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Why Do I Have Extreme Hot Flash Episodes?

Unfortunately, hot flash episodes are one of the most common symptoms of menopause. Your body goes through many changes during menopause, which can make your internal thermostat unstable. While some women experience mild symptoms that can be easily dealt with, others have extreme cases where their quality of life is compromised.

In the case that you have severe hot flash episodes, it's important to identify why they might be occurring. Although the causes and triggers may vary from person to person, this article can give you a better idea about your case.

Why Do I Have Extreme Hot Flash Episodes?

Extreme Hot Flashes Symptoms

Generally, menopausal women experience a rise in body temperature that can cause temporary discomfort and then pass. However, when a person has an extreme case of hot flash episodes, the symptoms can be far more invasive.

It may start with a rise in body temperature, which culminates in heavy sweating, shallow breathing, and rapid heartbeat. This can make an individual feel claustrophobic and short of breath, which can actually lead to panic and even passing out. These symptoms can make those affected constantly worried about their next hot flash episode.

Hormonal Causes

During menopause, there is a drop in sex hormone levels like progesterone and estrogen. These hormones play an important role in reproductive functioning, but they are also closely linked to metabolism and body temperature. When estrogen levels decline, signals are sent to the hypothalamus in the brain, which is in charge of regulating body temperature. Upon the receiving cue, the brain initiates a stress response to the sudden imbalance, which results in increased blood flow, dilation of the blood vessels, and increased body temperature.

Other Causes for Extreme Hot Flashes

Another central cause of hot flash episodes is thyroid hormone imbalance. Thyroid hormones are essential for proper synthesis of energy from food through metabolic processes. When you have an overactive thyroid that produces too many thyroid hormones (hyperthyroidism), it can cause your body to overheat or worsen menopause symptoms. If your hot flashes are unbearable, it's possible you may have a thyroid condition in addition to the menopausal changes taking place.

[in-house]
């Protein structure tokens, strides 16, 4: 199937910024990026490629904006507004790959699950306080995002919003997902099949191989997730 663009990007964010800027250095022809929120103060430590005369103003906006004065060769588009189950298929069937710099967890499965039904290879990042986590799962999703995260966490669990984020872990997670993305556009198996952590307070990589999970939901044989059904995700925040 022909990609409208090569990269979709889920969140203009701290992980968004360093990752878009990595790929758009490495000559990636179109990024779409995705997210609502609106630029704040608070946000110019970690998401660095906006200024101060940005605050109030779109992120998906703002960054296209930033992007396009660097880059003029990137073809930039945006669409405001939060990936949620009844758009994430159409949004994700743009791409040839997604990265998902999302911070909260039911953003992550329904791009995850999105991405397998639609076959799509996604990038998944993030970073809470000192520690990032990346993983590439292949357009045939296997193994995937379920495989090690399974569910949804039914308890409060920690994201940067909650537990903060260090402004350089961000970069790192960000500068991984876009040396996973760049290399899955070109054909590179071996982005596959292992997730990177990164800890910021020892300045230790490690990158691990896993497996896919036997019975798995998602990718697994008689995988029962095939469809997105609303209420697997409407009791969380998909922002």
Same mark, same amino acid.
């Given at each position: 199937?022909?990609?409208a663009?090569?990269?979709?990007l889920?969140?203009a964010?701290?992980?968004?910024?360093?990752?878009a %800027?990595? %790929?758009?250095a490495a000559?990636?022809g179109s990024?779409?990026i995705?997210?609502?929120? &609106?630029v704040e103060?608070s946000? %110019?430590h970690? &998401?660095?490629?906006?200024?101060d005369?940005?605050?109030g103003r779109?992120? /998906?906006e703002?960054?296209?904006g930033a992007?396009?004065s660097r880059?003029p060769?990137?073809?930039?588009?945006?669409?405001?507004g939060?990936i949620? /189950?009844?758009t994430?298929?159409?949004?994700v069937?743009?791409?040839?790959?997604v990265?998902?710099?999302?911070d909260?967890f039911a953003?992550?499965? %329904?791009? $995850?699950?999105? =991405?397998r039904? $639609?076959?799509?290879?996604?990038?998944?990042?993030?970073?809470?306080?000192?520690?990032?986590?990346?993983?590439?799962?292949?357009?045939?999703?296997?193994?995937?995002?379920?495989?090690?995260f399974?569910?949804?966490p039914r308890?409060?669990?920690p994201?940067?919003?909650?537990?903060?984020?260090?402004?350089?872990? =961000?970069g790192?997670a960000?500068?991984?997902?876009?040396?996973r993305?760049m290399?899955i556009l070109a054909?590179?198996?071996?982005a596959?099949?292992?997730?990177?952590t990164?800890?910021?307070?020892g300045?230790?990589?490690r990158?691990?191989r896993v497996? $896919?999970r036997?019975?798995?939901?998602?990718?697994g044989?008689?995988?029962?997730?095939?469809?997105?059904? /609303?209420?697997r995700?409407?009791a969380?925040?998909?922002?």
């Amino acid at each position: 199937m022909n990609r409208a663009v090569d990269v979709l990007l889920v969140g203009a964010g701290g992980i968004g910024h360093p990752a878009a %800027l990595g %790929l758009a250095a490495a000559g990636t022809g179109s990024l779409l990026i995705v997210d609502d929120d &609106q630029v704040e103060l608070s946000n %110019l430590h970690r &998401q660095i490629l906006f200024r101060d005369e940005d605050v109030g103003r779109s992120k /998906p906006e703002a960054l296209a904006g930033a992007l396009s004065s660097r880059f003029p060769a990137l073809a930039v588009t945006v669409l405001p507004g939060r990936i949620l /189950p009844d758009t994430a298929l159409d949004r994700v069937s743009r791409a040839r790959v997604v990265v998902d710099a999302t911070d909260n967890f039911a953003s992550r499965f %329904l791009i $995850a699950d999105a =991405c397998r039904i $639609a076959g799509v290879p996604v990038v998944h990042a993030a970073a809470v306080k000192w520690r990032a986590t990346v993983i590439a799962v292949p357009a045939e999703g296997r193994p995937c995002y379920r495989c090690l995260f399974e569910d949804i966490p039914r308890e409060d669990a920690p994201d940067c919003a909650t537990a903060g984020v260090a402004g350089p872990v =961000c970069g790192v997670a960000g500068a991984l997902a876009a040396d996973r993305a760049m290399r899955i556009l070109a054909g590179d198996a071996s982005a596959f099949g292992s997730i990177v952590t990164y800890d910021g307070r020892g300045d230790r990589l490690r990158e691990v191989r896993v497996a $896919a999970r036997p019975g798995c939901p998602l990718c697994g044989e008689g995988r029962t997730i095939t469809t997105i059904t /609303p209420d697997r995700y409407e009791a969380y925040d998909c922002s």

Triggers

Another factor that strongly sets apart women with mild or severe hot flashes are triggers. High alcohol and caffeine consumption may be fusing your heat. Also, research has found that smokers are significantly more likely to experience hot flashes. Further, if you have a lot of stress in your life, you can suffer from hotter and more frequent cases. Keep anxiety to minimum with meditation or yoga.

Now that you have a better idea as to what can be making your hot flash episodes so extreme, you are more prepared to handle your symptoms. Do your best to eliminate triggers from your life, and keep a journal of your diet, habits, and hot flash episodes to help identify your personal triggers. Although it may seem impossible at first, making a couple adjustments can help you manage hot flashes episodes.

How Long Do Hot Flashes Last?

Want to learn more about hot flashes, their causes and treatments? Read on to find out everything you need to know.

What Do Hot Flashes Feel Like?

Hot flashes are one of the most common symptoms of perimenopause and menopause.Nobody enjoys hot flashes, but they are inevitable in an aging woman's life. Learn how to survive and not suffer.

Hot Flashes and Chills

Hot flashes and chills can have a greater impact on daily life. Keep reading to learn more.

Sources:
  • Badawy, A. , State, O. & Sherief, S. (2007). Can thyroid dysfunction explicate severe menopausal symptoms? Journal of obstetrics and gynaecology, 27(5), 503-505. Retrieved from http://www.ncbi.nlm.nih.gov/pubmed/17701801
  • Carmody, J. , Crawford, S. & Churchill, L. (2006). A Pilot Study of Mindfulness-based Stress Reduction for Hot Flashes. Menopause, 13(5), 760-769. Retrieved from http://www.ncbi.nlm.nih.gov/pubmed/16932242
  • Schilling, C. et al. (2007). Current Alcohol Use, Hormone Levels, and Hot Flashes in Midlife Women. Fertility and sterility, 87(6), 1483-1486. doi: 10.1016/j.fertnstert.2006.11.033
  • Whiteman, M.K. et al. (2003). Smoking, Body Mass, and Hot Flashes in Midlife Women. Obstetrics and gynecology, 101(2), 264-272. Retrieved from http://www.ncbi.nlm.nih.gov/pubmed/12576249